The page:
A baguette diamond, usually set in multiples, adds a dash of style to an engagement ring – or any jewelry piece. Popular since the Art Deco era, this dazzling diamond cut should be part of your shopping vocabulary. Here’s what you need to know.

In this blog, we cover:
Baguette Diamond: A Definition
Baguette Diamond: A Brief History
Baguette Diamond: What to Look For

Baguette Diamond: A Definition

Baguettes are small, usually rectangular, step-cut diamonds with straight or tapered edges. Some baguettes are almost square, while others have a length-to-width ratio of 5:1 or even longer. A tapered baguette diamond has long sides that angle inwards. Baguettes are popular side stones in engagement rings.

Baguette diamond illustration showing parallel edges

All the edges are parallel to each other in this baguette. Illustration: Peter Johnston/GIA

An illustration showing long sides of a tapered baguette diamond angled inwards

The long sides of a tapered baguette angle inwards. Illustration: Peter Johnston/GIA

Channel-set tapered baguette diamond earrings

Channel-set tapered baguettes make these earrings visually arresting. Photo: Robert Weldon/GIA

Emerald cut diamonds are also rectangular or square step cuts. Unlike baguettes, though, they have diagonally cut—not square—corners.

An emerald cut diamond with diagonal corners

An emerald cut diamond has diagonal corners. A baguette does not. Illustration: Peter Johnston/GIA

In a style called the ballerina setting, baguettes surround the center stone to form a skirt that resembles a ballerina’s tutu. While the tutu effect is best shown with tapered baguettes, so the skirt appears to flow out from the girdle of the center stone, other diamond shapes have also been used. For a ballerina setting, baguettes are typically channel set, though they are occasionally prong set.

An 18K yellow gold prong-set cocktail ring with a ruby center stone, accented with tapered baguettes to make a “ballerina setting.”

Tapered baguettes in a prong setting are used to make this “ballerina setting,” which encircles the ruby. Courtesy: The RealReal

An attractive novelty cut is the brilliant baguette. This is primarily a mixed cut, with brilliant-style facets (triangular and kite shaped) on the pavilion and step-cut facets on the crown. A benefit of this style is that it can add more sparkle to your diamond engagement ring.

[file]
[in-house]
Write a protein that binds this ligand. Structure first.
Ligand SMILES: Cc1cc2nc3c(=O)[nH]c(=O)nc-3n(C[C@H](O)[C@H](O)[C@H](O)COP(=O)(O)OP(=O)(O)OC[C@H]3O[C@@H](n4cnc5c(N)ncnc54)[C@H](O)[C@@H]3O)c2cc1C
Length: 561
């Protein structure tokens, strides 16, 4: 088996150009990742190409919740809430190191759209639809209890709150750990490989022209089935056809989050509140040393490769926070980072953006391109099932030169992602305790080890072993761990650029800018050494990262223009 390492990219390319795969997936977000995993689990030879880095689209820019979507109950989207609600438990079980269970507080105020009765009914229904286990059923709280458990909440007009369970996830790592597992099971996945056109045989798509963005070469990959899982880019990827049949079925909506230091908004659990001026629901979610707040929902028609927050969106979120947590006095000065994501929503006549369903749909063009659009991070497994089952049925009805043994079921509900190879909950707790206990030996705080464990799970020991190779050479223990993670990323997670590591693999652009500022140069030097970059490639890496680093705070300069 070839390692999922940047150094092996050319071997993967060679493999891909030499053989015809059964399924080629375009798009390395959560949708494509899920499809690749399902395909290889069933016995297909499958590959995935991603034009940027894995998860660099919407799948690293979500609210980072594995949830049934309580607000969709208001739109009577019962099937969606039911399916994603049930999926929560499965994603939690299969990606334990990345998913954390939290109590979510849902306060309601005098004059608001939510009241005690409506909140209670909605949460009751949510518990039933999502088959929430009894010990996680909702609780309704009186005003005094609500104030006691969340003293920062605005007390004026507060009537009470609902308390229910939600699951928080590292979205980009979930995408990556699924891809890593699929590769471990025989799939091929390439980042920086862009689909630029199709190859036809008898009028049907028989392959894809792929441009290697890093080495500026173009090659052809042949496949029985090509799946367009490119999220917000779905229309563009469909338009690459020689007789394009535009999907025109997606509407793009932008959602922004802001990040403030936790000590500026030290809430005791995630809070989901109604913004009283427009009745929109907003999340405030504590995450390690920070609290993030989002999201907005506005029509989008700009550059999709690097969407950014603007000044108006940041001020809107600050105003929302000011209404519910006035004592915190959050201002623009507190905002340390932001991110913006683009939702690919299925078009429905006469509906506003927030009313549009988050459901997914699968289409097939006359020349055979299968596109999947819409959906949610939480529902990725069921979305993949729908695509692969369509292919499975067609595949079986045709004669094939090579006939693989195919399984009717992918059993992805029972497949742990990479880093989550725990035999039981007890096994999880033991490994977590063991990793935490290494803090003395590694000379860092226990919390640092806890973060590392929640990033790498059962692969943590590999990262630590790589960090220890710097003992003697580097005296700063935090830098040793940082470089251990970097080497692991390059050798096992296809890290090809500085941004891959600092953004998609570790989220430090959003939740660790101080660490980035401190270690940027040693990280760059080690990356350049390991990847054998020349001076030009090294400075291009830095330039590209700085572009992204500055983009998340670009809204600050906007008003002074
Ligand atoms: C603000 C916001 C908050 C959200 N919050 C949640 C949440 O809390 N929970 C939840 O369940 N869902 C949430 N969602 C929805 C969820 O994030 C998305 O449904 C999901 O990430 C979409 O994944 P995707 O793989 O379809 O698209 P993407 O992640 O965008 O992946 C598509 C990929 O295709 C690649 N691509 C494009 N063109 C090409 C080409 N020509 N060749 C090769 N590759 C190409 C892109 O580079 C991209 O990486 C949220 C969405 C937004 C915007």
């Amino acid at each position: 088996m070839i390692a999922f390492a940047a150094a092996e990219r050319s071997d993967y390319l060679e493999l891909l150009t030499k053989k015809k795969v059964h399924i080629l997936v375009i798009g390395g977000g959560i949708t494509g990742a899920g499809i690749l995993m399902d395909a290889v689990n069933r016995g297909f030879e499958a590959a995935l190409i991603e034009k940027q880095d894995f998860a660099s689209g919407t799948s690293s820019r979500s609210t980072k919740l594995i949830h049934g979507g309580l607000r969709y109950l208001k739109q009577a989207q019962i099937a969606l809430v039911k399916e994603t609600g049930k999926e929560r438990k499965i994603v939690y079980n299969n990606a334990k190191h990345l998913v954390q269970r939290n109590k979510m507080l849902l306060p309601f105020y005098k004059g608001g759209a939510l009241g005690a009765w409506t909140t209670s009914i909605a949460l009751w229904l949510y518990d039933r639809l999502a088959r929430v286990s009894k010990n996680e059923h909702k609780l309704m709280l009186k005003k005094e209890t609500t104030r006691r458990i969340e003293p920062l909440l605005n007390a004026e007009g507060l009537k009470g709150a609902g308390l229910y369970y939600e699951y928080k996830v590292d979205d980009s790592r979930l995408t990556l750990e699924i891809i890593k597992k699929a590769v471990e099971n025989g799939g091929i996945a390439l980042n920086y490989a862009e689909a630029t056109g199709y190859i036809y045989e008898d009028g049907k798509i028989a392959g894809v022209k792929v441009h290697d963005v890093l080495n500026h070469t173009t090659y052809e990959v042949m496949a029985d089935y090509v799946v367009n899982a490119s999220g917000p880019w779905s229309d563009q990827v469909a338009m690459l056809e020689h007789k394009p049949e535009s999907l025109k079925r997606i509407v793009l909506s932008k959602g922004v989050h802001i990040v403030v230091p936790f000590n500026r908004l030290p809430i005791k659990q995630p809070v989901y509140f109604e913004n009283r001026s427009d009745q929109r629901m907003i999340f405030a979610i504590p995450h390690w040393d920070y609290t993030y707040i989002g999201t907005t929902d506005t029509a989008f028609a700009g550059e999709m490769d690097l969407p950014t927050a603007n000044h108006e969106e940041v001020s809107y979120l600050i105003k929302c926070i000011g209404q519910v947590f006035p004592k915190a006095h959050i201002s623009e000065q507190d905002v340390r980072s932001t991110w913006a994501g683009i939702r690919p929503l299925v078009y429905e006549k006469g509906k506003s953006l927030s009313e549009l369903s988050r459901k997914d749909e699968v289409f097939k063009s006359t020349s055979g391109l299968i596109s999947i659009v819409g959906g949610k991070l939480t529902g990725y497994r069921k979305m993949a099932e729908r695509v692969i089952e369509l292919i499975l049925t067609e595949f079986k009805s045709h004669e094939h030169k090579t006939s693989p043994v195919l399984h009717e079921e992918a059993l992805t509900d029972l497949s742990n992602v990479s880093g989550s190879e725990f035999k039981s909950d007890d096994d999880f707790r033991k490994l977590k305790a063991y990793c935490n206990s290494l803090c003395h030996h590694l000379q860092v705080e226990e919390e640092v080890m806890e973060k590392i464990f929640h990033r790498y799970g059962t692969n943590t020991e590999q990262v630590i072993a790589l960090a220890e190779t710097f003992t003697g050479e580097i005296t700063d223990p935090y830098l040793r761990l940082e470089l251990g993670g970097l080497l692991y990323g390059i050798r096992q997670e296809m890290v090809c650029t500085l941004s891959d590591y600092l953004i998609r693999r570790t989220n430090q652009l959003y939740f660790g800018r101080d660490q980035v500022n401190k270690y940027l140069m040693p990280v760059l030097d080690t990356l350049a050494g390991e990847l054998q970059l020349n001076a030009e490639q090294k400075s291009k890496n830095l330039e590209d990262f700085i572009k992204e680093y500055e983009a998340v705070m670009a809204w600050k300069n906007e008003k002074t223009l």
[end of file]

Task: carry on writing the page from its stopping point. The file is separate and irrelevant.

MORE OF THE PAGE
Tapered baguette diamond with brilliant facets and accompanying illustration

The top image is a tapered baguette diamond with brilliant-style facets on the pavilion and step-cut facets on the crown. The bottom image shows where the crown and pavilion facets are typically placed. Photo and Illustration: Al Gilbertson/GIA

Tapered baguette diamond engagement ring with a 2.30 carat (ct) round brilliant center stone

Baguettes with a brilliant facet arrangement on the pavilion add even more visual fireworks to the 2.30 carat (ct) round brilliant center stone. Courtesy: Blue Nile

Dimensions are more important than weight when purchasing baguette diamonds, since they are usually sold in multiples. For example, if you were purchasing two of them–to sit on either side of a center stone–you or your jeweler would ask for two stones of equal dimensions – and not of equal carat weight.


Baguette Diamond: A Brief History

The origin of the term “baguette” for these small step-cut diamonds is up for debate. The traditional translation of the French word is “rod” or “stick,” but one meaning given in Randle Cotgrave’s 1673 French and English Dictionary is “a little jewel.” It is the diminutive of the French “bague,” which at the time meant “jewel” or, its current meaning, “ring.”

The rectangular step-cut diamond now called the baguette diamond is believed to have evolved from the hogback, an elongated table cut that was known since at least the mid-16th century. At that time, it was often used to make monograms and jeweled letters (like the owner’s initials). Cartier reintroduced the baguette cutting style in 1912, and in the following decades jewelry designers of the Art Deco period favored its clean lines and geometric shape. It was in the 20th century that the term “baguette” was first used in English to refer to this popular side stone as we know it today. Some think that the diamond cut was named after the long, thin loaf of French bread that it often resembles.